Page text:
Well, that was one of our all-time favourite trips. Here’s the play-by-play:
I’d been dreading our American Airlines flight. The last time I took American (>10 years ago) I told myself I’d never fly with them again, but we didn’t have a choice this time. But it really wasn’t too bad at all…our flight left on time and got us to Dallas in plenty of time to eat a pretzel and tacos, lounge on some recliner-ish airport chairs, and make our connection to New Orleans.
Our hotel, the Avenue Plaza Resort in the Garden District, ended up being bigger than we thought too, and not quite as ugly as the website’s pictures suggested. So the low-expectations part of our trip had both turned out pretty well. So far so good!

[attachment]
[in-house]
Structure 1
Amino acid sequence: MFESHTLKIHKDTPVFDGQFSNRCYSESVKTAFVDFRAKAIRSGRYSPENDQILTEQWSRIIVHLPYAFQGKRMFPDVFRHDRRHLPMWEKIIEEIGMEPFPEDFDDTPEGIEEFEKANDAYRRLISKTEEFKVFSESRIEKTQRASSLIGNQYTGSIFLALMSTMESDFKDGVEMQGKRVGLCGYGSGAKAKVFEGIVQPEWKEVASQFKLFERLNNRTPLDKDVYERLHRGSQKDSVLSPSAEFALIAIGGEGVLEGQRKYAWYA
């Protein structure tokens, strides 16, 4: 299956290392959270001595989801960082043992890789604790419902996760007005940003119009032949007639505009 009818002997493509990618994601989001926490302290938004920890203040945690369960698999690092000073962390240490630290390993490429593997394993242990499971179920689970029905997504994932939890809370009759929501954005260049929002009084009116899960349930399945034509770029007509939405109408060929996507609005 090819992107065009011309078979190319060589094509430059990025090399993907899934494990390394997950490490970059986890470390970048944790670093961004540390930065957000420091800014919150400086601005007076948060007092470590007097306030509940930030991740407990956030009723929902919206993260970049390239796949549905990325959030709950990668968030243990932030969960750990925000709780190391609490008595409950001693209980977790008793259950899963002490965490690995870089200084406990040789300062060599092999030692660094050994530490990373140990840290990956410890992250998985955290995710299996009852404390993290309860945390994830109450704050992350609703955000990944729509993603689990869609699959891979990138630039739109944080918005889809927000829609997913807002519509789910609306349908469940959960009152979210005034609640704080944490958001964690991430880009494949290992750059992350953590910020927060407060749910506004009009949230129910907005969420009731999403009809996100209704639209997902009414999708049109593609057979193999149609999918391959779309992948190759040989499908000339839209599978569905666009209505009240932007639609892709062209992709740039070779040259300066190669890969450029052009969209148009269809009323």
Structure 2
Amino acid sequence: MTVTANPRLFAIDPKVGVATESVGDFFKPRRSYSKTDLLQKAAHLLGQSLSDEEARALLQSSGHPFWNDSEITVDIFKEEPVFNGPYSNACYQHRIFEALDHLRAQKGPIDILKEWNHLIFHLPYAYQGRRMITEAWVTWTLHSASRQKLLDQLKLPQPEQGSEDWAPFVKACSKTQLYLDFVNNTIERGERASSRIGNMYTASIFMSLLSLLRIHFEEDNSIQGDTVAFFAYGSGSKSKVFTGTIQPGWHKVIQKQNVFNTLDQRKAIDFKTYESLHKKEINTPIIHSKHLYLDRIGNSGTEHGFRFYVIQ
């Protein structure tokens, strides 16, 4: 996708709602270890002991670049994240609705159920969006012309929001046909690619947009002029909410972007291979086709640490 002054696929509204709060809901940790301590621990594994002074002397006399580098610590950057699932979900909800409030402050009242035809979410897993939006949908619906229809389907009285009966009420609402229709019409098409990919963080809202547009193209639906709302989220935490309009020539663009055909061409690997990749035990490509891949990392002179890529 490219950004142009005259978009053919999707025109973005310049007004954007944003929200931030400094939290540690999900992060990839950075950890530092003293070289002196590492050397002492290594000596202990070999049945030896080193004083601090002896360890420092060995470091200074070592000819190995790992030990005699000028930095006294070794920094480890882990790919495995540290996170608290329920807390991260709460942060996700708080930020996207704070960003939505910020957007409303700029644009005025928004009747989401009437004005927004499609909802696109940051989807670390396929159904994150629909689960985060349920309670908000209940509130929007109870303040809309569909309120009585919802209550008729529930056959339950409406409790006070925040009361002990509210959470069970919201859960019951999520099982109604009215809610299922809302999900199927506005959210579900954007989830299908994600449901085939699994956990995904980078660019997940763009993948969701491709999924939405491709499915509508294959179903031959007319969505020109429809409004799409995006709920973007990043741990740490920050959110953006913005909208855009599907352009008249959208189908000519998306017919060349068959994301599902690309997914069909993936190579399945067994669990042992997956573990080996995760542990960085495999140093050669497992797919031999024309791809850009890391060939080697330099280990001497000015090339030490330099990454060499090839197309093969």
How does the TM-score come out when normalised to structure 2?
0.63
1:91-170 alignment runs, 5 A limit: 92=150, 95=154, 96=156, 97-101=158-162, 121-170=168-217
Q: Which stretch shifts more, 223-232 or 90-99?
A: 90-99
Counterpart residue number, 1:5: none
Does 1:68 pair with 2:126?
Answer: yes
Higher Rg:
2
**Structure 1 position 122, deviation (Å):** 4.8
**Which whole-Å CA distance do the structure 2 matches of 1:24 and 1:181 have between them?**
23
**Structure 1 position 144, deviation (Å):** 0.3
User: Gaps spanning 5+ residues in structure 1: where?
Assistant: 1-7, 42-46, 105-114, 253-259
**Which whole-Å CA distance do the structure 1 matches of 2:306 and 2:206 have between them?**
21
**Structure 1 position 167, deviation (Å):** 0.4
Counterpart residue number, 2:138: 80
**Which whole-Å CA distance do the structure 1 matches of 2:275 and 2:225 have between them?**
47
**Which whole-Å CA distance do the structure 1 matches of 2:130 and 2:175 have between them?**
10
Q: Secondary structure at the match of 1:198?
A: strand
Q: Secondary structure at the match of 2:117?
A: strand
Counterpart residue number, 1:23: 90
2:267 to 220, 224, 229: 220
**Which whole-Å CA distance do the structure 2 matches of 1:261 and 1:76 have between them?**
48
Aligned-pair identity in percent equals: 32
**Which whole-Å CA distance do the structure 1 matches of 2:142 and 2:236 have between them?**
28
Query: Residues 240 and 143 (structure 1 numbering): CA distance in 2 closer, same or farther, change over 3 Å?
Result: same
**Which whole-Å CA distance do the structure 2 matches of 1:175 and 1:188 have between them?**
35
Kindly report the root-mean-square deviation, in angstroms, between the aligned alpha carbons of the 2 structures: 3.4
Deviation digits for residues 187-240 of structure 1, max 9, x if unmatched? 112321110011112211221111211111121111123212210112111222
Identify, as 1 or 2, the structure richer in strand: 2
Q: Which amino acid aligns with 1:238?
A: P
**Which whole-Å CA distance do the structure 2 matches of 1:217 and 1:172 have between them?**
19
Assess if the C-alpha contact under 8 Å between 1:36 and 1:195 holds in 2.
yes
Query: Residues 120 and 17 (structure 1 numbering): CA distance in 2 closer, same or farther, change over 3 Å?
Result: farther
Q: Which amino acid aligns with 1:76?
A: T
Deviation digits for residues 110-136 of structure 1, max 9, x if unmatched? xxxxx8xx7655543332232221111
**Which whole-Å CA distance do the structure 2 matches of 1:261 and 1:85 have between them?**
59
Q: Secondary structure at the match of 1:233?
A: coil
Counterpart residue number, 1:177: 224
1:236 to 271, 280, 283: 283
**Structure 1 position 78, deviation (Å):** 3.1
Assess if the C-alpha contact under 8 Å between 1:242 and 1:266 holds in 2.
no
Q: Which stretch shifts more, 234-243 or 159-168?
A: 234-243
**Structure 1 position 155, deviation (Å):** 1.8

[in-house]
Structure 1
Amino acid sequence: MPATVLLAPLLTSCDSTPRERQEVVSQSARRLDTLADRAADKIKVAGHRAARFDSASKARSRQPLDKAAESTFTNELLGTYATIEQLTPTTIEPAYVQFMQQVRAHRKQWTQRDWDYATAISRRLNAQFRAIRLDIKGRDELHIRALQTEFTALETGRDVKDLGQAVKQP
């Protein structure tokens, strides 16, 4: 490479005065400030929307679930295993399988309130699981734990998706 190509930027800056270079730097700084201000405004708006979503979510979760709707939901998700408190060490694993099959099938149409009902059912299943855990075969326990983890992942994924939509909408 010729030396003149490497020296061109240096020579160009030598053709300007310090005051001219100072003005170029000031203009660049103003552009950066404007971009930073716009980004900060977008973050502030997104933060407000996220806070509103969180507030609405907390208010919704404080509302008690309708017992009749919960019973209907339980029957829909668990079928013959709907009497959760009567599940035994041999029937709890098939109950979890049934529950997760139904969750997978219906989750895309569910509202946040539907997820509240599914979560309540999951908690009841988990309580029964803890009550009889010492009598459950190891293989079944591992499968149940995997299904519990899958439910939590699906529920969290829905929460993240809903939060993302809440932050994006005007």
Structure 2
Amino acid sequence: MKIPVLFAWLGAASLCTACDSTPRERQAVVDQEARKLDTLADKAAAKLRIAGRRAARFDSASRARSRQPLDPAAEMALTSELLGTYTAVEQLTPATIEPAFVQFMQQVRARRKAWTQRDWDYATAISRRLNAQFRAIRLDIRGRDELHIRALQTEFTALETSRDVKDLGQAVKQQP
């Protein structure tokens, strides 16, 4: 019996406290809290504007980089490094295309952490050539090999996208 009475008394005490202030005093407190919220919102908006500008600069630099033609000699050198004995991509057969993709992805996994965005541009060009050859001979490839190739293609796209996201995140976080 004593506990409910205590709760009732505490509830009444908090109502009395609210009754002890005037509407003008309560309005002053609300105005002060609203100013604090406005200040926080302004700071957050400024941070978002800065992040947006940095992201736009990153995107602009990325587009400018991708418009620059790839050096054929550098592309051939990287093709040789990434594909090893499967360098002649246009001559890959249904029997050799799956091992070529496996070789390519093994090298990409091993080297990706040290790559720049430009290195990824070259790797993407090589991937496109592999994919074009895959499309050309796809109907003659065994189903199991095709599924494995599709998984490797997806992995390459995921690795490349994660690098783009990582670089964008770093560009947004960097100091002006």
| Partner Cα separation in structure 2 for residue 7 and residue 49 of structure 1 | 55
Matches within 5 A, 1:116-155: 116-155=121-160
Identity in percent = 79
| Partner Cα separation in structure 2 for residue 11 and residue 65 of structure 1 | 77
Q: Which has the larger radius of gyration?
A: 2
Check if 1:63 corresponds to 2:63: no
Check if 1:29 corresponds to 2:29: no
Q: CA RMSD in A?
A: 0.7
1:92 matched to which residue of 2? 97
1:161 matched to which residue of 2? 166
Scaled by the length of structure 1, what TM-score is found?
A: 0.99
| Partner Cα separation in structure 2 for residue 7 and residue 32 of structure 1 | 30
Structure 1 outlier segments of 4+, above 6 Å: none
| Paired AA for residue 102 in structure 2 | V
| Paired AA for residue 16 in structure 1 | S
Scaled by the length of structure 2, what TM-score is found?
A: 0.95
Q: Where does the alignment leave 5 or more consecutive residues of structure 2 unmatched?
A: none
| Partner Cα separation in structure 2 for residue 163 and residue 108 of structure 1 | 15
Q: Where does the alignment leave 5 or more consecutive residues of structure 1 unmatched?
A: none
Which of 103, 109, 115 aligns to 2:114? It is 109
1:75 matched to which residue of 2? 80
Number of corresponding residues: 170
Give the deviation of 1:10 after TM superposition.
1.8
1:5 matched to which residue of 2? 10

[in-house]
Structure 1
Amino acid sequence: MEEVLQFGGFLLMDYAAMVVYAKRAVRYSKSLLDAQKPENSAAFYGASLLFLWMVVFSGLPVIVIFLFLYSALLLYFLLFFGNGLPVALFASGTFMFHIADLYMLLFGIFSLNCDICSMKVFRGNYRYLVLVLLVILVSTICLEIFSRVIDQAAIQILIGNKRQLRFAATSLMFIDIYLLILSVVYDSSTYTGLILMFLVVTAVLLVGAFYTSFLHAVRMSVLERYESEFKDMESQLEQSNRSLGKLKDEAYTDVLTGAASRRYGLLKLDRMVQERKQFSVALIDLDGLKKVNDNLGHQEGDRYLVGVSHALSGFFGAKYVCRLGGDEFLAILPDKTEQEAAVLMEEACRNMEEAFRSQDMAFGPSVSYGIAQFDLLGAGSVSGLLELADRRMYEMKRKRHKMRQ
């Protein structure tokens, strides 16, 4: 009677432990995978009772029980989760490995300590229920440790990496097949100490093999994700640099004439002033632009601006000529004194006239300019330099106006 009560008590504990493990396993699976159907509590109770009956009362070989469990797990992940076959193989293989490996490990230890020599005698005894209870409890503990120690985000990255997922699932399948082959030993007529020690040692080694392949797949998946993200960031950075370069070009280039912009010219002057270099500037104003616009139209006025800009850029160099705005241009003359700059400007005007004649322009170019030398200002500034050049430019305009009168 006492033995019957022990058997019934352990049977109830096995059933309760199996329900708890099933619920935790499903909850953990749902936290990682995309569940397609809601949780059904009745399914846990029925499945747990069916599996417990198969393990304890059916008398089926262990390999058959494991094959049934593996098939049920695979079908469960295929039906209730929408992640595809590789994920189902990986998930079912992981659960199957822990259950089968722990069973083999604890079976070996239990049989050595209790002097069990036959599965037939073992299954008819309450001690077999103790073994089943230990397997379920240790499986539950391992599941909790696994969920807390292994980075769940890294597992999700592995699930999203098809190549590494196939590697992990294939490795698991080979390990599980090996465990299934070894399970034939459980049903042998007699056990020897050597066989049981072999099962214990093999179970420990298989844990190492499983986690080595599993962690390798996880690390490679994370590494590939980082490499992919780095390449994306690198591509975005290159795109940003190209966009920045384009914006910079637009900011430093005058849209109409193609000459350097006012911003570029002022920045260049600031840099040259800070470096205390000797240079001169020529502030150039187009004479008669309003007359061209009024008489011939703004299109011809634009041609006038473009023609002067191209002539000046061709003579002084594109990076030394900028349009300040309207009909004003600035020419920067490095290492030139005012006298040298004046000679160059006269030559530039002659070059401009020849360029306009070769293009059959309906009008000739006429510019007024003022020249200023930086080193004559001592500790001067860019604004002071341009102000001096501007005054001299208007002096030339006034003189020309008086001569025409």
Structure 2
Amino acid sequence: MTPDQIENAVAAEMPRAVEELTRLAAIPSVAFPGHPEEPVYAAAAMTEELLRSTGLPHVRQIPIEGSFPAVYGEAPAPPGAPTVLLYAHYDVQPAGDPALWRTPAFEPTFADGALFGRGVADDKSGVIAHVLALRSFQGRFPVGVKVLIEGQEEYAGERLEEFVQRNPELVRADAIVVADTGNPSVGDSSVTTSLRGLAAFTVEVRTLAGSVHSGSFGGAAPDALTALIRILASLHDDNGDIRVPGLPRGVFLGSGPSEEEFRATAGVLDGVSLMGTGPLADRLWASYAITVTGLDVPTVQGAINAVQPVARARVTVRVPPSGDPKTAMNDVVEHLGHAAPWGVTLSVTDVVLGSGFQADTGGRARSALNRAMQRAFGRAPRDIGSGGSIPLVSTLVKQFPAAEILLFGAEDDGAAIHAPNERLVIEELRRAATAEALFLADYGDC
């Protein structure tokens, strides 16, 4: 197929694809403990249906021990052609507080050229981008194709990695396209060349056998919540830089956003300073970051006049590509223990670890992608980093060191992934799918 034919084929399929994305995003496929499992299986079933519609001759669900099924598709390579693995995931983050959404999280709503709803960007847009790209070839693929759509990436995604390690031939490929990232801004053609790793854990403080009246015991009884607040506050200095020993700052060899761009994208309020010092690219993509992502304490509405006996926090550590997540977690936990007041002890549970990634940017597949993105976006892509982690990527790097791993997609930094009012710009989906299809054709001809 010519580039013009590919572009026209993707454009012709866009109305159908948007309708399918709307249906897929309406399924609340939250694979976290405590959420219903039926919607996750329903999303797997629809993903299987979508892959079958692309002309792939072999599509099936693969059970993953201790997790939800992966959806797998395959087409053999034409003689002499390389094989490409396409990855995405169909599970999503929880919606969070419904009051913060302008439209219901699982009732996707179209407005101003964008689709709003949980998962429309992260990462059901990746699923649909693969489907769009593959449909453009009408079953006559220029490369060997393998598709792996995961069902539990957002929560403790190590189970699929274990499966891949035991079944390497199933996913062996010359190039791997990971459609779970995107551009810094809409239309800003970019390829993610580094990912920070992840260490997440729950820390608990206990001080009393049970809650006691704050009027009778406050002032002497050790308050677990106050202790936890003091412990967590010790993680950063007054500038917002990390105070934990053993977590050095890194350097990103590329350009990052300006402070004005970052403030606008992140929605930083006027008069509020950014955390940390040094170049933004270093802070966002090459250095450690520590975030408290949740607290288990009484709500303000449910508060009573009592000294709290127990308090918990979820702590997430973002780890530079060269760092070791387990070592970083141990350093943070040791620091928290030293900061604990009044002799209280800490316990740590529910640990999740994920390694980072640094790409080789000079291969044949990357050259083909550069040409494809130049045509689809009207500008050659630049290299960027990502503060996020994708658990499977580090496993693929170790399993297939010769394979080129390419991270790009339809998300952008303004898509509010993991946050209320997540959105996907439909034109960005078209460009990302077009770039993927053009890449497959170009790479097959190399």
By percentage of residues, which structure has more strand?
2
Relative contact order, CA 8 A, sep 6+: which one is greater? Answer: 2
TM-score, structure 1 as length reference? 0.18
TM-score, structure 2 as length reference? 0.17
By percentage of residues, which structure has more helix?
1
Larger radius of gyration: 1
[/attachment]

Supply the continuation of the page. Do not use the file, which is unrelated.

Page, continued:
It was already pretty late, so our plans that night were simply to try out the Avenue Pub just down St. Charles Avenue. How lucky that our hotel was five blocks from one of the best beer places in North America. CBJ+M — our traveling companions — staked out a little table upstairs, and we drank our fill of excellent beer, ate dump truck fries (waffle fries with pulled pork and cheese) and red-beans-and-rice wontons, admired the cool art and saw our first of many “Free Sean Payton” shirts. If you don’t know who Sean Payton is, this will help.
And then, boom…we crashed.
Late to bed, late to rise. We gathered in the morning to test out the Trolley Stop Café, just a few steps from the hotel. It was already busy, and got busier before we left. The place was fairly famous on Tripadvisor for having big portions of yummy, cheap food. And Tripadvisor was not wrong. I had bacon and french toast and country sausage and eggs and grits (for the first time ever) for $6.75. Seriously. We all stuffed ourselves and were well-entertained by our server.